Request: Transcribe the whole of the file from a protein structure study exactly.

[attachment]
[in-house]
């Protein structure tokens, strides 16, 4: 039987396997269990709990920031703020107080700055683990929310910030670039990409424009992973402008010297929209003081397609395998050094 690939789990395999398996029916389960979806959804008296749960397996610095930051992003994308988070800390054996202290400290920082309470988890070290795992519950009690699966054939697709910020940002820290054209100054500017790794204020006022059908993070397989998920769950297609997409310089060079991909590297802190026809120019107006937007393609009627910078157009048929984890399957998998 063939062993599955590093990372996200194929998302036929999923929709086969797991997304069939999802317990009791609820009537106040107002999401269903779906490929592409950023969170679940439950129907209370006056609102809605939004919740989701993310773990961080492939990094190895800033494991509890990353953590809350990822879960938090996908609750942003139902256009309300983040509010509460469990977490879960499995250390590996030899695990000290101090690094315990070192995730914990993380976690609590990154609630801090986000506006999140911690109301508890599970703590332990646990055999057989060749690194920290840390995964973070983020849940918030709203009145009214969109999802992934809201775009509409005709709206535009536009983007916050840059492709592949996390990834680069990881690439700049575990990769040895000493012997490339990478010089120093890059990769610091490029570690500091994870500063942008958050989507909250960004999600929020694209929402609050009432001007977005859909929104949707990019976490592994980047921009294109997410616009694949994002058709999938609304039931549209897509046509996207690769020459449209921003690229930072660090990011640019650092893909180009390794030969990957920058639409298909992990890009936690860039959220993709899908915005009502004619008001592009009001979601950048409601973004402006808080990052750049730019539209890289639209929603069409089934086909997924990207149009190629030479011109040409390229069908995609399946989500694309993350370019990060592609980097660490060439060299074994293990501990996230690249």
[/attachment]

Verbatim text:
[in-house]
């Protein structure tokens, strides 16, 4: 039987396997269990709990920031703020107080700055683990929310910030670039990409424009992973402008010297929209003081397609395998050094 690939789990395999398996029916389960979806959804008296749960397996610095930051992003994308988070800390054996202290400290920082309470988890070290795992519950009690699966054939697709910020940002820290054209100054500017790794204020006022059908993070397989998920769950297609997409310089060079991909590297802190026809120019107006937007393609009627910078157009048929984890399957998998 063939062993599955590093990372996200194929998302036929999923929709086969797991997304069939999802317990009791609820009537106040107002999401269903779906490929592409950023969170679940439950129907209370006056609102809605939004919740989701993310773990961080492939990094190895800033494991509890990353953590809350990822879960938090996908609750942003139902256009309300983040509010509460469990977490879960499995250390590996030899695990000290101090690094315990070192995730914990993380976690609590990154609630801090986000506006999140911690109301508890599970703590332990646990055999057989060749690194920290840390995964973070983020849940918030709203009145009214969109999802992934809201775009509409005709709206535009536009983007916050840059492709592949996390990834680069990881690439700049575990990769040895000493012997490339990478010089120093890059990769610091490029570690500091994870500063942008958050989507909250960004999600929020694209929402609050009432001007977005859909929104949707990019976490592994980047921009294109997410616009694949994002058709999938609304039931549209897509046509996207690769020459449209921003690229930072660090990011640019650092893909180009390794030969990957920058639409298909992990890009936690860039959220993709899908915005009502004619008001592009009001979601950048409601973004402006808080990052750049730019539209890289639209929603069409089934086909997924990207149009190629030479011109040409390229069908995609399946989500694309993350370019990060592609980097660490060439060299074994293990501990996230690249």